San Salvador, on the other hand, has a nice bohemian club called La Ventana that you drive to, park very nearby and walk briskly to. Then you go back to car watching your surroundings and drive home.
Or you go to the Zona Rosa where you kind of can walk from one place to another but the offerings aren't that great. El Rinconcito is full of bars and a karaoke and a disco but it is a bit dodgy. Other bars like 4 and the Red Lion are opened and then closed soon after due to declining crowds and some horrible service (I was once asked to pay a $10 clean-up charge when one of my guests was accused of throwing up in the washroom - and it wasn't even him but some underaged drinker that they illegally served). Republik is a poor facsimile of an Irish pub (no Guinness on tap, just the one national beer!?), Brasilea is okay if you have no other place to go to, and the fancy nightclub (Code?) was empty but the doorman told me that it was members only and I couldn't even look inside.
Then a group of nightclubs was opened in the nearby Mulitplaza Mall. With hundreds of parking spots and lots of security, it soon became popular and numerous bars and clubs were opened. Envy is the most exclusive and is a big, shiny Miami style nightclub. I was denied entry for being a foreigner - the club caters to the children of the very wealthy who like to feel like the most important people in the club, something harder to do with foreigners dropping lots of money or having tall or blond people around. There are lots of other discos, some nice restaurant/lounges like Mai Thai, and lots of bars with music. But come on, it's a mall! You park, take the elevator or escalator up a few flights, then you walk around to see what the scene is surrounded by hundreds of kids.
And if you want to talk a safe walk around at night, you can go to the Gran Via mall that has a big courtyard promenade, somewhat reminiscent of the Gran Via in Madrid (minus the drug dealers and Cuban hookers) but you are in a mall again. Sure there is a nice fountain and some activities for the kids (mini golf, mini train, and the shortest zip line in the world) and sometimes some live music but you are still in a mall, walking from one retail area to another.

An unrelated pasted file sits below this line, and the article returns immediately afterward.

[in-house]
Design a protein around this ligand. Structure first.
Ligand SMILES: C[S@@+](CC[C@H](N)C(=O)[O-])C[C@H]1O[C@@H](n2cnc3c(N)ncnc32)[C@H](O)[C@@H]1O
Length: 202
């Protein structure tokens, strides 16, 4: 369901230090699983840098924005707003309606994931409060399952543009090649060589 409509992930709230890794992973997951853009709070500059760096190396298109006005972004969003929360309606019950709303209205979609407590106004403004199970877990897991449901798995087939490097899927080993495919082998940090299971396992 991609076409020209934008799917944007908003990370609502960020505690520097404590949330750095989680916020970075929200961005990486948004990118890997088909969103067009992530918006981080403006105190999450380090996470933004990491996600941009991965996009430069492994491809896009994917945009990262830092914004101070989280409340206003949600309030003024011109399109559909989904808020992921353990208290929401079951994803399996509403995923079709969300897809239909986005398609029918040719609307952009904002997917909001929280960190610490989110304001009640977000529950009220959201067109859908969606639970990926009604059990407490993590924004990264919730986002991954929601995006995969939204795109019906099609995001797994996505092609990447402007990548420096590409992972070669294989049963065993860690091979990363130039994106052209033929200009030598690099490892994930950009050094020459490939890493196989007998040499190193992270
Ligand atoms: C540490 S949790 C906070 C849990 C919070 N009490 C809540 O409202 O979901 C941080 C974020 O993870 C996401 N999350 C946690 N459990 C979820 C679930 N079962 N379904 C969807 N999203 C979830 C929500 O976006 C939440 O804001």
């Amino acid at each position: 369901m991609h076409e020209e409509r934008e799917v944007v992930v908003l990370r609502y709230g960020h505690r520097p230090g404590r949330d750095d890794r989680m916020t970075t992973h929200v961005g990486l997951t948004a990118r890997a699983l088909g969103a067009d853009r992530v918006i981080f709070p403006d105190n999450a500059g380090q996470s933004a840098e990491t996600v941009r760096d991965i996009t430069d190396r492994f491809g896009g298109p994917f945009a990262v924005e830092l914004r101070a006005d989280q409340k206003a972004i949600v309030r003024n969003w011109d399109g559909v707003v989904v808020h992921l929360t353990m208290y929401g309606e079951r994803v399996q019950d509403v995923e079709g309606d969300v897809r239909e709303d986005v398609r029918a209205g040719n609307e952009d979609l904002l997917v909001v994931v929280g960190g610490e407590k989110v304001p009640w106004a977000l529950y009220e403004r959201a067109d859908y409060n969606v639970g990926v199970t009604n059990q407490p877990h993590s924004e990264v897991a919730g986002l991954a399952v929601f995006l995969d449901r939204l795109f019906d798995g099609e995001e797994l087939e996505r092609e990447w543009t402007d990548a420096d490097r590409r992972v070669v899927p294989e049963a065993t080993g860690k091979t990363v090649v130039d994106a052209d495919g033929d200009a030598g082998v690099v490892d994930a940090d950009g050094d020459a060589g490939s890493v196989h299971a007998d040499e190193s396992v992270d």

|Early and quiet on Paseo del Carmen|
So yesterday, when Fatima and her friend said that there was a French dance company doing a parade in Santa Tecla and that we could watch from a bar/restaurant, I jumped at the chance. We headed over around 6:30 pm which was the perfect time to hit heavy traffic and get stuck behind the many buses spewing so much smoke I had problems seeing the road. We finally pulled off the main street and we found a parking lot where a woman assured me that she would watch my car until midnight. So we walked a few blocks to the venue and I had my pocket knife ready in case someone tried to steal my man bag (which maybe stupidly contained my BB, an iPod, a camera and a tablet) and we came up to Paseo del Carmen. It was still very early in the evening but most of the street had been blocked off from traffic and tables and sofas and lounges had been put out onto the street by the numerous bars and restaurants that line this relatively small and quiet street. We walked along for 3 blocks and I was amazed at how many bars and cool restaurants there were. Also lots of cops and one very friendly one on a bicycle who gave us information and stopped traffic at one intersection for us to cross.
We wanted to see the parade so we ended up walking to the big cultural centre (Palacio tecleño?) and got a table at the nearby La Rioja bar for some wine and tapas. Eunice went to confirm that the parade would come by the bar and was told that the parade had been cancelled and the show would only occur inside the cultural centre. So we told the waiter sorry but to cancel our order and we would be back.
|Fatima enjoying the show|
Then into the centre to see the show by the French company La Zouze and the Salvadoran National Dance Company and some invited guests. Wow, what a great performance art, cabaret, circus, interactive in-your-face, rock and roll extravaganza. I think the show was called the "Evelyne House of Shame" and was a mock bordello with everyone wearing trim and tight underwear, long stockings and heels (including the men and one guy who must have been 6' 10" with the heels). My favourite character sported a very tall Marie Antoinette wig and a mustache.